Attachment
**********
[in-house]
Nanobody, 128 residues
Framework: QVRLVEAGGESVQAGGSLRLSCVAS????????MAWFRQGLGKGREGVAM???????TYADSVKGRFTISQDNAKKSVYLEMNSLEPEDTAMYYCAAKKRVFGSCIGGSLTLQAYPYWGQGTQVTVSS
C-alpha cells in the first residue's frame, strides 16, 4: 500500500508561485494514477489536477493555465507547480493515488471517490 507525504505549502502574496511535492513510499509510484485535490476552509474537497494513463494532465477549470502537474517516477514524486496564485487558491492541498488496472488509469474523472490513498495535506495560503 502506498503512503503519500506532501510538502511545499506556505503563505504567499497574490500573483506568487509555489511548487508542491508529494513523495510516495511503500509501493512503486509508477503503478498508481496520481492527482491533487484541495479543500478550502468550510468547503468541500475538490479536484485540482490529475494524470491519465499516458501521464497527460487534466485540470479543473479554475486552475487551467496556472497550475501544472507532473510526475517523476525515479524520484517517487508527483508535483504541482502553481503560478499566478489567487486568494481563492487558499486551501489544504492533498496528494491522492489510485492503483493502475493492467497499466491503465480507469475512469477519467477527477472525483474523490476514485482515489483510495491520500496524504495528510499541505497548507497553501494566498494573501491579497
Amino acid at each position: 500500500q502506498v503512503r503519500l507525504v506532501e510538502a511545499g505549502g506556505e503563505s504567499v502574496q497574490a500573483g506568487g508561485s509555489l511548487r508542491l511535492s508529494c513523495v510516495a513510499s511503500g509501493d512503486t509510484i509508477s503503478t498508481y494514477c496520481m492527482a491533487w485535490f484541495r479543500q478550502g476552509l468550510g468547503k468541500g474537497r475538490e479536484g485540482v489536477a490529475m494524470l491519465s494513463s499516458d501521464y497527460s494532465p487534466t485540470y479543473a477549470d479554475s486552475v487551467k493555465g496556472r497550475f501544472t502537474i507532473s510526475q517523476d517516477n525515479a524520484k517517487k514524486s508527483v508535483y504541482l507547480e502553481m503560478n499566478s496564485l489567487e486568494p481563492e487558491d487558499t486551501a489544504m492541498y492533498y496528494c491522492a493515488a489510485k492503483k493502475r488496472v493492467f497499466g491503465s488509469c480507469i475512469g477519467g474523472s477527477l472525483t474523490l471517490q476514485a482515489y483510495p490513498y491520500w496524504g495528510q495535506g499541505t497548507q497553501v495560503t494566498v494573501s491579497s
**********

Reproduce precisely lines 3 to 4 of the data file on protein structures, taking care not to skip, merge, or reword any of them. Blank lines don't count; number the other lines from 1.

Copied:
Framework: QVRLVEAGGESVQAGGSLRLSCVAS????????MAWFRQGLGKGREGVAM???????TYADSVKGRFTISQDNAKKSVYLEMNSLEPEDTAMYYCAAKKRVFGSCIGGSLTLQAYPYWGQGTQVTVSS
C-alpha cells in the first residue's frame, strides 16, 4: 500500500508561485494514477489536477493555465507547480493515488471517490 507525504505549502502574496511535492513510499509510484485535490476552509474537497494513463494532465477549470502537474517516477514524486496564485487558491492541498488496472488509469474523472490513498495535506495560503 502506498503512503503519500506532501510538502511545499506556505503563505504567499497574490500573483506568487509555489511548487508542491508529494513523495510516495511503500509501493512503486509508477503503478498508481496520481492527482491533487484541495479543500478550502468550510468547503468541500475538490479536484485540482490529475494524470491519465499516458501521464497527460487534466485540470479543473479554475486552475487551467496556472497550475501544472507532473510526475517523476525515479524520484517517487508527483508535483504541482502553481503560478499566478489567487486568494481563492487558499486551501489544504492533498496528494491522492489510485492503483493502475493492467497499466491503465480507469475512469477519467477527477472525483474523490476514485482515489483510495491520500496524504495528510499541505497548507497553501494566498494573501491579497